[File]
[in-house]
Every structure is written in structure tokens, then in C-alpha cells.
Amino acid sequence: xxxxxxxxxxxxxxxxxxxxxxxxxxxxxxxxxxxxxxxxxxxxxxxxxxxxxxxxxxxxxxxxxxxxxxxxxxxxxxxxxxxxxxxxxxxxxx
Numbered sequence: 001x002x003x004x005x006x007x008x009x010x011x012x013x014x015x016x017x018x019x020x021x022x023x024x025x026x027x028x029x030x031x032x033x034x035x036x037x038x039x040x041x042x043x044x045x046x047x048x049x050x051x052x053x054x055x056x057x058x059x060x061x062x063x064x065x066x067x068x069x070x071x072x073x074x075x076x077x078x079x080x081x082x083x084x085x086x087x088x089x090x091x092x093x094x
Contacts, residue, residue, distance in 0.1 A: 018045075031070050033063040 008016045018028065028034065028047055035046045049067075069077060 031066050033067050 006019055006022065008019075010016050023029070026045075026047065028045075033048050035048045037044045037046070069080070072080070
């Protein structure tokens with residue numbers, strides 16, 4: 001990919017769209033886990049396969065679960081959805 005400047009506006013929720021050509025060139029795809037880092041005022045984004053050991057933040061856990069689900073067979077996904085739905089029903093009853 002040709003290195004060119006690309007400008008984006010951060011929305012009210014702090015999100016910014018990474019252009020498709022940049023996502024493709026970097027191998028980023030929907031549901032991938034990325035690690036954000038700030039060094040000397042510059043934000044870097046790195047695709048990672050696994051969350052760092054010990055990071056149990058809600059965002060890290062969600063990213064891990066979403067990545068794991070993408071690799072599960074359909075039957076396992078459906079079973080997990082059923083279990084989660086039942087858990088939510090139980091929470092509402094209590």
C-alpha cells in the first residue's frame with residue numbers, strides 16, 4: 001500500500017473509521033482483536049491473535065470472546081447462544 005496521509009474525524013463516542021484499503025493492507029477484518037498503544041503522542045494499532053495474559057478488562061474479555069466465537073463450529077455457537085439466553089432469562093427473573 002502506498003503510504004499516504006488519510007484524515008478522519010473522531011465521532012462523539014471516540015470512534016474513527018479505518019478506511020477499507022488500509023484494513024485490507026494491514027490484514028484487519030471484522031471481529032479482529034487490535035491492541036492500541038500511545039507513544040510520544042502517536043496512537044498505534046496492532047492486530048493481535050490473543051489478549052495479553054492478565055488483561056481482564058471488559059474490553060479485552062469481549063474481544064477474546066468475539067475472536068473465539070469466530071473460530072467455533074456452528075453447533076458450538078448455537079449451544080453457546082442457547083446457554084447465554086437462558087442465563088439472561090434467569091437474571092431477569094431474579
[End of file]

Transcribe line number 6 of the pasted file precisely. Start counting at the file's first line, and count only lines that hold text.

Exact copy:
């Protein structure tokens with residue numbers, strides 16, 4: 001990919017769209033886990049396969065679960081959805 005400047009506006013929720021050509025060139029795809037880092041005022045984004053050991057933040061856990069689900073067979077996904085739905089029903093009853 002040709003290195004060119006690309007400008008984006010951060011929305012009210014702090015999100016910014018990474019252009020498709022940049023996502024493709026970097027191998028980023030929907031549901032991938034990325035690690036954000038700030039060094040000397042510059043934000044870097046790195047695709048990672050696994051969350052760092054010990055990071056149990058809600059965002060890290062969600063990213064891990066979403067990545068794991070993408071690799072599960074359909075039957076396992078459906079079973080997990082059923083279990084989660086039942087858990088939510090139980091929470092509402094209590």